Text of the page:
Paddy: The Saviour of British Liberalism


The word 'hero' can be overused. It's meaning to describe someone who possesses courage, has many outstanding achievements and noble qualities seems to have got lost. But if there is one word to describe Paddy Ashdown, for me, it would be a hero. 

Born in 1941, Paddy joined the Royal Marines in 1959 and served for almost thirteen years gaining the role of Captain and also working as an intelligence officer. 

Paddy left the diplomatic service to pursue a career in politics having defected to the Liberals from Labour in 1975. He was selected for the Yeovil seat in 1976, where his passion and hard work in the local community pushed the Liberal Party from third place to win the seat in 1983. 

When the Liberal Party and Social Democratic Party merged in 1988, the party was in dire straits. Reminiscing about becoming leader in 1989, Paddy would often talk about how the Liberal Democrat vote was often represented by just an asterisk - the margin of error. The baptism of fire meant the Liberal force in Britain would either have to rise or cease to be a political relevance.

One of Paddy's most abiding beliefs was the realignment of progressive politics in Britain. One of the reasons he had left the Labour Party was over its perpetual internal conflicts, undermining the cause for social justice. Paddy worked very closely with Tony Blair whilst in opposition - with the talk of a Progressive Coalition at the heart of it. He always believed in working above party-politics, and that the only way real change could happen was by people working together in common cause. In 2016, after the great rift of the EU referendum, Paddy helped to launch 'More United' a political startup aimed at raising money for progressive and liberal candidates from across the political spectrum. At the 2017 general election, they helped over 80 candidates - Lib Dems, Labour, Green and even a Conservative. 

Paddy made a name for himself as the fighter of causes that others felt either too complicated or controversial. He led the campaign for Hong Kong citizens to be allowed to keep their British passports and more recently that Afghan interpreters be allowed to resettle in the UK.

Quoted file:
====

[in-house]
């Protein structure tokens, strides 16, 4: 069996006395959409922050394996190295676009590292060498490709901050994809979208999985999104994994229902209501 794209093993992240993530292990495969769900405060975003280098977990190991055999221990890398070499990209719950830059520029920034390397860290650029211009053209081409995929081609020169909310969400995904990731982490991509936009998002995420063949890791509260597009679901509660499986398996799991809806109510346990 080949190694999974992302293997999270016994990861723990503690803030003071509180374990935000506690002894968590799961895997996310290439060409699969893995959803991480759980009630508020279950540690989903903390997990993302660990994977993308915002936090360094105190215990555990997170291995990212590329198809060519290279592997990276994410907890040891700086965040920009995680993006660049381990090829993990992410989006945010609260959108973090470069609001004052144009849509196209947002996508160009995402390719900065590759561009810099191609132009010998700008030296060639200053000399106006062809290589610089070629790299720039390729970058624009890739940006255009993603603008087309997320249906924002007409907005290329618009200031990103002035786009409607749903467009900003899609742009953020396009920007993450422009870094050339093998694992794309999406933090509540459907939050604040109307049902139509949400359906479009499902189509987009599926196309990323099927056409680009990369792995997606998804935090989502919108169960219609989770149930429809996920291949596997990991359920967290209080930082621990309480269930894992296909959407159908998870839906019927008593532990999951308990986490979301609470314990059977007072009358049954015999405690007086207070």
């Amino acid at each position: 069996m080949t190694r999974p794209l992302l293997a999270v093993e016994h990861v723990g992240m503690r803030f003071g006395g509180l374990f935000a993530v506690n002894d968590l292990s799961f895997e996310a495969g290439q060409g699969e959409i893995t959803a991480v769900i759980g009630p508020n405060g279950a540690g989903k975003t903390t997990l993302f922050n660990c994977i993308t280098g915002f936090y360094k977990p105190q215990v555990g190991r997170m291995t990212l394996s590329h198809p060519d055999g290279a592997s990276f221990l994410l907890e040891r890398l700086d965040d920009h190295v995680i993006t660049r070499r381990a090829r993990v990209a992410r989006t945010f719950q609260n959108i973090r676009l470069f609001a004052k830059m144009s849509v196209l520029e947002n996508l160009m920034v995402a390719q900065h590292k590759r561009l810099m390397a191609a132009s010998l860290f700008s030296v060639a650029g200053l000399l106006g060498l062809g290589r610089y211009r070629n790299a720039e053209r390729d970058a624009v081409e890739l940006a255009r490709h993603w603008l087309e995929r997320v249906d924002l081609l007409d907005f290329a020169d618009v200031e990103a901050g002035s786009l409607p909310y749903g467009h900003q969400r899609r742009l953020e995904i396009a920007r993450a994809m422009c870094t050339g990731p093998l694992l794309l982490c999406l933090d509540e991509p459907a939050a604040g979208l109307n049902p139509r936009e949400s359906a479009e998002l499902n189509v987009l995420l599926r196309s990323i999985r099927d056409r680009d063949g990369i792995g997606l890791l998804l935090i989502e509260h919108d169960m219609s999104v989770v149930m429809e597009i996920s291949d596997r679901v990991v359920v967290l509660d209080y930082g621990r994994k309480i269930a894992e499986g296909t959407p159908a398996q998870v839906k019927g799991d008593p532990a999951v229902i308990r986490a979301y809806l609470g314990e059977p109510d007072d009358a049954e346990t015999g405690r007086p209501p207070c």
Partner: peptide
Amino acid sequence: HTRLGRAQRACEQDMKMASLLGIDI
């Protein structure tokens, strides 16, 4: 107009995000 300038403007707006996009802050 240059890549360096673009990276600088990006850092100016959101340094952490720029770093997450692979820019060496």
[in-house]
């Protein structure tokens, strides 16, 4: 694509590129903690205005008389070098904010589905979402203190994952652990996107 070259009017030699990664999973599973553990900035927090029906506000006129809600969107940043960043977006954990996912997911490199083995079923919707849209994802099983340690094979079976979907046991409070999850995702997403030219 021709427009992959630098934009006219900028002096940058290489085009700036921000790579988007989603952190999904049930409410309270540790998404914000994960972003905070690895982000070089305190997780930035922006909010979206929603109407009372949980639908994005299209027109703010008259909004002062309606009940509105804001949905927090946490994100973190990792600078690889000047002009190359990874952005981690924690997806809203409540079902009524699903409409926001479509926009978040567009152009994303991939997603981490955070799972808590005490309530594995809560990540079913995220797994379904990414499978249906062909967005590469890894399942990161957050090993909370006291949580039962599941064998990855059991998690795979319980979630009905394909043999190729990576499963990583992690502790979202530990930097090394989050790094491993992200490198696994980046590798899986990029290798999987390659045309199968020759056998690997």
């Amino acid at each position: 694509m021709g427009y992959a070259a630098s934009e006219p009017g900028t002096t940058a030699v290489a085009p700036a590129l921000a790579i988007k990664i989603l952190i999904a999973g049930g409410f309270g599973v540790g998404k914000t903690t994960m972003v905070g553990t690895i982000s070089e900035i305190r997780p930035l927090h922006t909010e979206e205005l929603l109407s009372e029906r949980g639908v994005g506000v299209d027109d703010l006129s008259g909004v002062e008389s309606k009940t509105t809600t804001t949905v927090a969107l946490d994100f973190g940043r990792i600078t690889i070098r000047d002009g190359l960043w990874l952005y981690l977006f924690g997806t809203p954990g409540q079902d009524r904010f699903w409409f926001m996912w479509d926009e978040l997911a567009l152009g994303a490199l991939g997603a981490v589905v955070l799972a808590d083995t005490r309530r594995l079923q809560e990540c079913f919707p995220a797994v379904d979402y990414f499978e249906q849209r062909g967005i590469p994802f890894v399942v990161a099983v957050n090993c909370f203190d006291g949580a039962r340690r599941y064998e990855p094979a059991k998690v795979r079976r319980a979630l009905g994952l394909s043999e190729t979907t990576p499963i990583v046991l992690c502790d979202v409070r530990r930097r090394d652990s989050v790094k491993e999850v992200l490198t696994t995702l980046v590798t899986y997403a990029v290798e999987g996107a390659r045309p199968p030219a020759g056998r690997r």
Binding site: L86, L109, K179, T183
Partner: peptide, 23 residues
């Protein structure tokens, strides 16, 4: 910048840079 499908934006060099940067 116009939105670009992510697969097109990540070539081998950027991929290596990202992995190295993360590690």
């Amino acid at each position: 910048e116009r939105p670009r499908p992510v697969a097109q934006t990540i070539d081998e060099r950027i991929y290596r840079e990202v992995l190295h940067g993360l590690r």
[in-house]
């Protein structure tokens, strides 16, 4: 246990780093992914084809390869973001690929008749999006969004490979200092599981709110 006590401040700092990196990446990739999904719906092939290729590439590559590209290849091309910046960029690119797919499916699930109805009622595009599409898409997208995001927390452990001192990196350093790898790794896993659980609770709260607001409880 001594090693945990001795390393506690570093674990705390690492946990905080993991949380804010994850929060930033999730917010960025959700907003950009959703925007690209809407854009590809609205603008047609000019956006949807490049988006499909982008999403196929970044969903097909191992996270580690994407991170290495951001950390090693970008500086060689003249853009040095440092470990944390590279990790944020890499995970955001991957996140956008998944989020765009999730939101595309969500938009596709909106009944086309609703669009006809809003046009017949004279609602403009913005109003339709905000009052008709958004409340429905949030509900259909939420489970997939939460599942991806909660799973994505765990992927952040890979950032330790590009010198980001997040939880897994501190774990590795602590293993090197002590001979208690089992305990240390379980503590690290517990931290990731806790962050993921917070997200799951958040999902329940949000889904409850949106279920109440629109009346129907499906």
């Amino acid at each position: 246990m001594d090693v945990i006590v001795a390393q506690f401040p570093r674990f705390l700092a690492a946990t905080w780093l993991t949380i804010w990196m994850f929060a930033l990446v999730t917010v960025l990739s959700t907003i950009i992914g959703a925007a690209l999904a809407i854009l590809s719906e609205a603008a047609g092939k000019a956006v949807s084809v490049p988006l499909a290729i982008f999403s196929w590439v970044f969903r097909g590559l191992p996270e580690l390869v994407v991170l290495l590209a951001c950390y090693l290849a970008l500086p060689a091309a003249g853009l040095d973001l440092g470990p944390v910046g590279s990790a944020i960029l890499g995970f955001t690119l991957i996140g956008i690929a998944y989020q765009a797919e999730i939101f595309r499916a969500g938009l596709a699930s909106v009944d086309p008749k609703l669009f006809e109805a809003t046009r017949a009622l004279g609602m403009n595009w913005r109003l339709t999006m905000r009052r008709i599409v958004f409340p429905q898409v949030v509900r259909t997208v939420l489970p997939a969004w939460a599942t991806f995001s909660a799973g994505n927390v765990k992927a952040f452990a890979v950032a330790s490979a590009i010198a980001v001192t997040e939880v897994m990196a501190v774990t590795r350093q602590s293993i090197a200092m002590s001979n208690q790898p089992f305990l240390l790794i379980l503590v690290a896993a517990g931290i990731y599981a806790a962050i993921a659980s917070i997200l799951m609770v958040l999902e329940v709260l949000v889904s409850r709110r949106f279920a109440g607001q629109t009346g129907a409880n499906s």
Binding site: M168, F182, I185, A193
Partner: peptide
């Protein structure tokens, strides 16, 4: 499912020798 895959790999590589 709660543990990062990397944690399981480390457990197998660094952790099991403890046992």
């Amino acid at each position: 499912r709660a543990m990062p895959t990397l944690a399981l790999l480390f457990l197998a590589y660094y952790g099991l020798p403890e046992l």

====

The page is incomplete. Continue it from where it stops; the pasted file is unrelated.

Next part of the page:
His vision of Britain was one which looked out openly to the rest of the world. He passionately led calls for Britain to intervene in the Human tragedy in Yugoslavia. He has long since been an ambassador for Remembering Srebrenica and even became the UN High Representative for Bosnia & Herzegovina. 

It would not be an understatement to say that Paddy saved the Liberal tradition in this country. Without his hard work, clarity of thoughts and sense of mission there may not be a Liberal party in the UK - certainly not one which since its inception won a quarter of the votes at general elections and formed a government. 

It would not be an understatement to say that Paddy saved this country - it's reputation and purpose - many times. Whilst others question Britain's role in the world, Paddy got it right time and time again. Where there are injustices and human tragedy, where there is tyranny and subjugation of people, we have a moral duty to stand with the people against dictators. We have a moral duty to defend human rights across the world. 

Every day, I am reminded of Paddy's influence on me. He is what all Liberals and progressive should aspire to. A great man without who's sense of moral duty, pragmatic tenacity and optimistic vision of a fairer society means that the country we live in may have been quite different without him. 

We are going to miss you, Paddy. Thank you - for everything. 


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